6. Colours and Design
Now you’ve got your outline shape, you get to play with colours and design. As you see from my eight cats, I have not tried to make an accurate representation of what a cat really looks like, although the tortoiseshell-type one is almost realistic. I have enjoyed playing with colours, particularly rainbows. At this point I usually switch to software. I use MacStitch/WinStitch, by Ursa Software (link) to create and print out my charts. However, sometimes I make the chart on paper with crayons and fine liners. I make multiple copies of my final outline shape (usually by scanning and printing), so I can play with different colour combinations, and look at them side by side before I make my final decision. It can be a bit of a mental leap to imagine what your colours and patterns will look like when they are stitched, sometimes I make little swatches and samples on scrap pieces of aida, to get an idea. I’m not going to say any more here, the best way to get a design you are happy with, is to play. This is the part of the process which is personal to you. DMC’s colour palette is immense, I have the full range of stranded thread colours available to buy here.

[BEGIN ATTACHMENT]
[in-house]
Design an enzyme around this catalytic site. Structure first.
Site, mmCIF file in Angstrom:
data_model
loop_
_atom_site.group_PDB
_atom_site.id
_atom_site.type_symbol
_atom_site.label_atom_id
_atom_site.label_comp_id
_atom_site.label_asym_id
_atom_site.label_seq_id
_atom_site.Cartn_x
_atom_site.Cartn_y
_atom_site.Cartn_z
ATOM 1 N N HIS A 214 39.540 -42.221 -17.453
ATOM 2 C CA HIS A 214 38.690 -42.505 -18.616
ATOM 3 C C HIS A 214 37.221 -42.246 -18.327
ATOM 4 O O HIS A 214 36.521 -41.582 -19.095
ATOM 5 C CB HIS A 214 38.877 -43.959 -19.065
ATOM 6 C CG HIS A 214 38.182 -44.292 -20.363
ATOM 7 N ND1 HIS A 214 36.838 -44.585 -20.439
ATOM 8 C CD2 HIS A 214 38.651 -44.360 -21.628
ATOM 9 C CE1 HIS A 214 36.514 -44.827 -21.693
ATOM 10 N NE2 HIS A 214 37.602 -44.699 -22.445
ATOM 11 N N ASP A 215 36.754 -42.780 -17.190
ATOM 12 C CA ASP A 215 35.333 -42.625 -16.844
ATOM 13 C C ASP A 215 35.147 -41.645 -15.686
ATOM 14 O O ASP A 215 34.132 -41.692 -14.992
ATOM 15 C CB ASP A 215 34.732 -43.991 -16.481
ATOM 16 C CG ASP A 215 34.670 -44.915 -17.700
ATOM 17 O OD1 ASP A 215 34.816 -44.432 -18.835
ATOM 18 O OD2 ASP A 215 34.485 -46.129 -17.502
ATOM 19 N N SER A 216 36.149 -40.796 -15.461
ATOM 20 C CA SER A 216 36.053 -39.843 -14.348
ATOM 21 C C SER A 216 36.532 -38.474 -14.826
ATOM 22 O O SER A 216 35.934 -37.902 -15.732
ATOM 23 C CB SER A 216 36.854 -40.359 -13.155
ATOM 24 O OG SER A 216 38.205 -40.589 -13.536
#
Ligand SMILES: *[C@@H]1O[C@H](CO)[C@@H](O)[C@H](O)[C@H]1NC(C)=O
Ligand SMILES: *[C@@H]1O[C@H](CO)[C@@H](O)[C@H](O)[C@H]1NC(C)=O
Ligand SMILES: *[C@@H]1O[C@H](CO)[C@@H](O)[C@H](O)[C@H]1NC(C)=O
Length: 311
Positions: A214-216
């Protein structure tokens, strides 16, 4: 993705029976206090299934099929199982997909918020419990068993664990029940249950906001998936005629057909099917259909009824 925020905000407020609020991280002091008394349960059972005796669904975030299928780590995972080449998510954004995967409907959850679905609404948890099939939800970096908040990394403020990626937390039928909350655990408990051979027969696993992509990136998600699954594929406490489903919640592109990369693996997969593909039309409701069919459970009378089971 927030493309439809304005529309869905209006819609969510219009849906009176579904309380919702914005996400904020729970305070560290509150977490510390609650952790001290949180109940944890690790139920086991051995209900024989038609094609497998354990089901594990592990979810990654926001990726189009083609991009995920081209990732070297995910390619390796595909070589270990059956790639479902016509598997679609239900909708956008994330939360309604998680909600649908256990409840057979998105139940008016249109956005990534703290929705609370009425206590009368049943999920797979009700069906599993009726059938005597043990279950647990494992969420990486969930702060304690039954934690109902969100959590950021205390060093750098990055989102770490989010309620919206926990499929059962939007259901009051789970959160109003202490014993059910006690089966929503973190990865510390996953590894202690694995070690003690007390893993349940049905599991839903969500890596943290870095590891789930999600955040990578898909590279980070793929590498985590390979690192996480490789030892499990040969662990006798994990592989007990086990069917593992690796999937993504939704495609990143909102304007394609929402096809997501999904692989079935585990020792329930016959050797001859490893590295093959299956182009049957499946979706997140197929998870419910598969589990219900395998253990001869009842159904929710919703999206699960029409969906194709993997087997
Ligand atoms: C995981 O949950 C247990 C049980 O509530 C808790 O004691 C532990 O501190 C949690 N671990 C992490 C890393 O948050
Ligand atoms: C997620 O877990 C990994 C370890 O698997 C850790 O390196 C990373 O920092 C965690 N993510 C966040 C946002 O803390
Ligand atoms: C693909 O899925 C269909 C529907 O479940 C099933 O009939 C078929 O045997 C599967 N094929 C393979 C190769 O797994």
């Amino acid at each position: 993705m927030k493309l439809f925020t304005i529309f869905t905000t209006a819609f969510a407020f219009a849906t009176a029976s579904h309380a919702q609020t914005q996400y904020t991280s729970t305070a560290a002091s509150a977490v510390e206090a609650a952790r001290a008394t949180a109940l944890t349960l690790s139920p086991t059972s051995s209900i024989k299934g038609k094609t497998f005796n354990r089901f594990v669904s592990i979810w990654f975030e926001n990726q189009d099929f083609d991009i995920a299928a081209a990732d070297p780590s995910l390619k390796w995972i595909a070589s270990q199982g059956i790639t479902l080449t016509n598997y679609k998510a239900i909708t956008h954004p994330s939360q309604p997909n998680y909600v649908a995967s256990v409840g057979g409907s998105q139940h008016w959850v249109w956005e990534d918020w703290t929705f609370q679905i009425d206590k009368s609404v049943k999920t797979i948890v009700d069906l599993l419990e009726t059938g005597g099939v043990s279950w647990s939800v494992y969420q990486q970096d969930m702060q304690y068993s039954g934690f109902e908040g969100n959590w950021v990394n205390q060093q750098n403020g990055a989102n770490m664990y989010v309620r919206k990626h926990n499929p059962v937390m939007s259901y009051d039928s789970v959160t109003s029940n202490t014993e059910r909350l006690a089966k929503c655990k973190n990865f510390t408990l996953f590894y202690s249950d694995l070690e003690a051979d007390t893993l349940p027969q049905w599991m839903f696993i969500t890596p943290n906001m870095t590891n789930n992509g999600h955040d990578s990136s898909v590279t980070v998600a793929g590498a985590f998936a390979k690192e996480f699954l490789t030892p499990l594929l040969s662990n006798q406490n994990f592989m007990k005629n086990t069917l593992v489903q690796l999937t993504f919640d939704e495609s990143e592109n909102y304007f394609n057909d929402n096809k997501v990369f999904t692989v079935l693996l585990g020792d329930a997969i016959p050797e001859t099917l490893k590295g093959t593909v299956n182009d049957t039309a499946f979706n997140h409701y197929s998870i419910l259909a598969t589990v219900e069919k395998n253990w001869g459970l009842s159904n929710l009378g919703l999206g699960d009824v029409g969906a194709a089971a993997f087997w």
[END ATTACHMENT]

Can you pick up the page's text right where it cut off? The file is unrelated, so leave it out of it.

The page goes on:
7. Finishing touches
The cat fits quite nicely in the aperture card, but there is space for a little embellishment, if required. I quite like it plain, (below left) but there’s space for a border, and even some backstitch lettering, if the cat is moved up or down in the aperture. The danger with a backstitch border like the one in the right hand picture below, is that it really makes any distortion of your fabric obvious. Stretching and blocking out aida fabric cross stitched pieces is really difficult unless you have the right equipment, so I usually avoid this sort of border, unless I am having a piece professionally framed.
Here is an alphabet I’ve designed that you are welcome to use, if you wanted to add something other than “happy birthday”.
If you choose to add lettering to your design, you need to think about the position. I find it helpful to draft each word on small pieces of graph paper, and then stick them carefully in position in the correct place on the chart, see above pictures. This helps you to get the wording central.
I hope you have found this guide clear and helpful. Feel free to contact me if anything is unclear, or if you need more information. You can do this by commenting on this post, or by using the form on the contact page. You can also email me direct to firstname.lastname@example.org. About once a month I send out a newsletter with information about what’s new on my site and in my shop. You can sign up for that by filling in the short form at the bottom of my home page.